Evaluation of swimming performance for fish passage of longnose dace Rhinichthys cataractae using an experimental flume


D R Dockery, T E McMahon, K M Kappenman, M Blank


Journal of Fish Biology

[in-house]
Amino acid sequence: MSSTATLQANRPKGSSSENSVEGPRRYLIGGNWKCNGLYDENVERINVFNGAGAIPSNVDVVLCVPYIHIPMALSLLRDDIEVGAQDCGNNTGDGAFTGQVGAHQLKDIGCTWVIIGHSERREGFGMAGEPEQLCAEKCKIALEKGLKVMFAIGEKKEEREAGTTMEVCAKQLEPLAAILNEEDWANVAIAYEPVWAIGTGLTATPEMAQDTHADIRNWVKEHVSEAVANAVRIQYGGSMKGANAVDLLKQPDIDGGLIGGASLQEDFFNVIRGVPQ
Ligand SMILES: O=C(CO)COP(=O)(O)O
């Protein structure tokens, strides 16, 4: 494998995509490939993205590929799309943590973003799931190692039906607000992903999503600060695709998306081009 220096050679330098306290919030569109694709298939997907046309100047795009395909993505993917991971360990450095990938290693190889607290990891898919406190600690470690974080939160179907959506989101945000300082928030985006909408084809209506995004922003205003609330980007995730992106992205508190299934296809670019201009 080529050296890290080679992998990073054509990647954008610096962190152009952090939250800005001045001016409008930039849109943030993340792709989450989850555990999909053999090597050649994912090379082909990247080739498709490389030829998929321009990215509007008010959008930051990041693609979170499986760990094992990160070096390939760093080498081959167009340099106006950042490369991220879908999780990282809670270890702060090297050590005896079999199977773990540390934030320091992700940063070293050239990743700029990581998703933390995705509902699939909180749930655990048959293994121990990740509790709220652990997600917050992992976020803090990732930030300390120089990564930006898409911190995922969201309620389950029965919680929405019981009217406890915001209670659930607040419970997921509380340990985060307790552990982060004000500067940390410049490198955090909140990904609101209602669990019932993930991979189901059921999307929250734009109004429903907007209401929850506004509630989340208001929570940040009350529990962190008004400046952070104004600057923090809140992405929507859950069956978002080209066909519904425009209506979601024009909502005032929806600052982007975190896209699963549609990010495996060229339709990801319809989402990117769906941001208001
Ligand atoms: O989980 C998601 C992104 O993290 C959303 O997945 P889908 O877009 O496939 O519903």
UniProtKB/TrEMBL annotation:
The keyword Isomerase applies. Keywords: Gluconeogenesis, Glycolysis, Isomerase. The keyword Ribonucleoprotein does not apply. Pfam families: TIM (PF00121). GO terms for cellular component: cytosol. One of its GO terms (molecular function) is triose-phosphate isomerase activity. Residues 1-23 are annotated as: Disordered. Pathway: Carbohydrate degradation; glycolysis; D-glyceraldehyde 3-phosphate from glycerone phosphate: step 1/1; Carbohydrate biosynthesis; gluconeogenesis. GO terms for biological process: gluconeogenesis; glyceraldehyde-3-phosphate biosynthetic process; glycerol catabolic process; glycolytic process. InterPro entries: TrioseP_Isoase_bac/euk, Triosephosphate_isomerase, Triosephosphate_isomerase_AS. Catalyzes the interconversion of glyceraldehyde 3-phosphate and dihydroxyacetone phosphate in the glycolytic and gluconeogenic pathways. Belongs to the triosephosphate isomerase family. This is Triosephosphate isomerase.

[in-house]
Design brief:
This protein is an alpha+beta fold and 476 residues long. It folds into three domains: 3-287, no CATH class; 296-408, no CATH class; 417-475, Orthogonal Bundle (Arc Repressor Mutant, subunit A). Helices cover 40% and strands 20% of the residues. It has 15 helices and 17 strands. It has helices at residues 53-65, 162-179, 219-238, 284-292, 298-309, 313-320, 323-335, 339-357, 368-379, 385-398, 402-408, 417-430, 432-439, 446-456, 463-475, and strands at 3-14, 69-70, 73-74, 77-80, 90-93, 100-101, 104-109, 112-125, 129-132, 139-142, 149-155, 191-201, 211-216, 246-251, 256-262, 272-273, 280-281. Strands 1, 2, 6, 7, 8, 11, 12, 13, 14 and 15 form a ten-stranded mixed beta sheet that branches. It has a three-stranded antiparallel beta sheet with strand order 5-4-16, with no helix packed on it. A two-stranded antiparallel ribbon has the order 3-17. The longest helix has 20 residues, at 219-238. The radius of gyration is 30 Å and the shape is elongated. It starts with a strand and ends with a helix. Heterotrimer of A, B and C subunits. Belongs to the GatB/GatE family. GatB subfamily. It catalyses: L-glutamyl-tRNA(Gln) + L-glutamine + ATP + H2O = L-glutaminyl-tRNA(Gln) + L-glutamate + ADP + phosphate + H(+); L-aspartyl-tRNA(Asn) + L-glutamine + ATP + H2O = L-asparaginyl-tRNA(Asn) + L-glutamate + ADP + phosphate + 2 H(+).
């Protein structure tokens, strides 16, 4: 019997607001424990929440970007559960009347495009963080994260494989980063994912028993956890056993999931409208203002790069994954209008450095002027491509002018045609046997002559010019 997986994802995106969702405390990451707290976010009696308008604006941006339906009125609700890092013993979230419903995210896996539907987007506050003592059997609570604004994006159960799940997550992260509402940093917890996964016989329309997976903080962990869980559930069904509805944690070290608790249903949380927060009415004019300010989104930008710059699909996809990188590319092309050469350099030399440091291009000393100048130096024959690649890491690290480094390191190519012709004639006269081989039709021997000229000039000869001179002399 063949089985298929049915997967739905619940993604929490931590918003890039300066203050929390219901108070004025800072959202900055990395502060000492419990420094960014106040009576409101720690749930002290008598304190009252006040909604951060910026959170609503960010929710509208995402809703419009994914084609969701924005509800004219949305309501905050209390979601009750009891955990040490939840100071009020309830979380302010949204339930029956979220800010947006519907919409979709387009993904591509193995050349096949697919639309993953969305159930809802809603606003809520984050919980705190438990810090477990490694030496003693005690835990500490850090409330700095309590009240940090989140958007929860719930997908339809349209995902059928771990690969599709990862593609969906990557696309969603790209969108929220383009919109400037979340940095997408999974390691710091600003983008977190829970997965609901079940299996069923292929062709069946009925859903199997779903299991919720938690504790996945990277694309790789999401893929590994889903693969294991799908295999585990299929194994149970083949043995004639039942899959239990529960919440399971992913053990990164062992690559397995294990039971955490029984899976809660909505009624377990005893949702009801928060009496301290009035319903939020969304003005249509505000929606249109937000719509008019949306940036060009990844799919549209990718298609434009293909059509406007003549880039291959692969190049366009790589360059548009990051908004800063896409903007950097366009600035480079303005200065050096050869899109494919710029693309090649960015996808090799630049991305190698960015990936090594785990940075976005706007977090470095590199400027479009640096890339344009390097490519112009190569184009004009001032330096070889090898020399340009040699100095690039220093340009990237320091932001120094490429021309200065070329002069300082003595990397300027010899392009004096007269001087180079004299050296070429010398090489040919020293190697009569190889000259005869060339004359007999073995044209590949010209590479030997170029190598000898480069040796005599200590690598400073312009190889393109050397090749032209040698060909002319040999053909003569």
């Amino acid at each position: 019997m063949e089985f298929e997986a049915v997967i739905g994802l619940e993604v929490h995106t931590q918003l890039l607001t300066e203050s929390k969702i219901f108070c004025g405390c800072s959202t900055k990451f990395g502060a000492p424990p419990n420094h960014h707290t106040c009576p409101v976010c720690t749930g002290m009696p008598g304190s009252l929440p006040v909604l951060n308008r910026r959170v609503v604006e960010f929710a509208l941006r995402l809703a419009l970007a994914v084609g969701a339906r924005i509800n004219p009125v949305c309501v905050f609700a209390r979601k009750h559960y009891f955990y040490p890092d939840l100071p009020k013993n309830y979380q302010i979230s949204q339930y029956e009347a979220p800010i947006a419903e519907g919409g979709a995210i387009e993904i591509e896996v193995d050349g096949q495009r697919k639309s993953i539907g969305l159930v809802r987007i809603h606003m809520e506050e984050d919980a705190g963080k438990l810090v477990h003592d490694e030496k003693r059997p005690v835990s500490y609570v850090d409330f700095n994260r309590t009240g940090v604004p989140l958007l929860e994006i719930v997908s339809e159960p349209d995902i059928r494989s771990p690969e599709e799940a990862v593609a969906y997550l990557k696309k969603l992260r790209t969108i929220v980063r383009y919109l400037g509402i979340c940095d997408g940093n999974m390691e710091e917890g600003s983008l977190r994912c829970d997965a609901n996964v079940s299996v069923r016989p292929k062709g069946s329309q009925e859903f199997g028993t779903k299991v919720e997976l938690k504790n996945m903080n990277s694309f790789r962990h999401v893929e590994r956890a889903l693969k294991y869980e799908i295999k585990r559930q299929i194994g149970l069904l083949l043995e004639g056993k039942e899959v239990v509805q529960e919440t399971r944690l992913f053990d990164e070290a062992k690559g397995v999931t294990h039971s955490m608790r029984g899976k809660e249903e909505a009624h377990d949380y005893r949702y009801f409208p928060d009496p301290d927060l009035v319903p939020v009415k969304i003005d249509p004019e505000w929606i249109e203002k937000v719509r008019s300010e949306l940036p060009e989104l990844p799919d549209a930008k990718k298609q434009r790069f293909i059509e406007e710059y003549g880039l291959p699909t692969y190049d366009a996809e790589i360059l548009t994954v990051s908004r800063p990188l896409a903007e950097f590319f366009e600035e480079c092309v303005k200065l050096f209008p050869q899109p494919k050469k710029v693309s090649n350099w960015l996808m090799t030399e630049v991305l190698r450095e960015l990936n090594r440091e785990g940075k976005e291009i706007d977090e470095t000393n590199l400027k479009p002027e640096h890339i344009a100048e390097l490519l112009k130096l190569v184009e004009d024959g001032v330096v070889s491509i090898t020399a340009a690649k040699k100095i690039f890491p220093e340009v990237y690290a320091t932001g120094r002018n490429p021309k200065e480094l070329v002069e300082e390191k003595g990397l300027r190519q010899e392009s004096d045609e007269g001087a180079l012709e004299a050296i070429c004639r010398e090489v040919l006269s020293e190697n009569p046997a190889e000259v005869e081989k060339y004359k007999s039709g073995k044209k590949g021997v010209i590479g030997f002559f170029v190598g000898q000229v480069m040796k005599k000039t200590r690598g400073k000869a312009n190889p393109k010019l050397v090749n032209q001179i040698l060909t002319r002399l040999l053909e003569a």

The swimming performance of longnose dace Rhinichthys cataractae, the most widely distributed minnow (Cyprinidae) in North America, was assessed in relation to potential passage barriers. The study estimated passage success, maximum ascent distances and maximum sprint speed in an open-channel flume over a range of water velocities and temperatures (10·7, 15·3 and 19·3°?C). Rhinichthys cataractae had high passage success (95%) in a 9·2?m flume section at mean test velocities of 39 and 64?cm?s-1 , but success rate dropped to 66% at 78?cm?s-1 . Only 20% of fish were able to ascend a 2·7?m section with a mean velocity of 122?cm?s-1 . Rhinichthys cataractae actively selected low-velocity pathways located along the bottom and corners of the flume at all test velocities and adopted position-holding behaviour at higher water velocities. Mean volitional sprint speed was 174?cm?s-1 when fish volitionally sprinted in areas of high water velocities. Swimming performance generally increased with water temperature and fish length. Based on these results, fishways with mean velocities <64?cm?s-1 should allow passage of most R. cataractae. Water velocities >100?cm?s-1 within structures should be limited to short distance (<1?m) and structures with velocities ?158?cm?s-1 would probably represent movement barriers. Study results highlighted the advantages of evaluating a multitude of swimming performance metrics in an open-channel flume, which can simulate the hydraulic features of fishways and allow for behavioural observations that can facilitate the design of effective passage structures.



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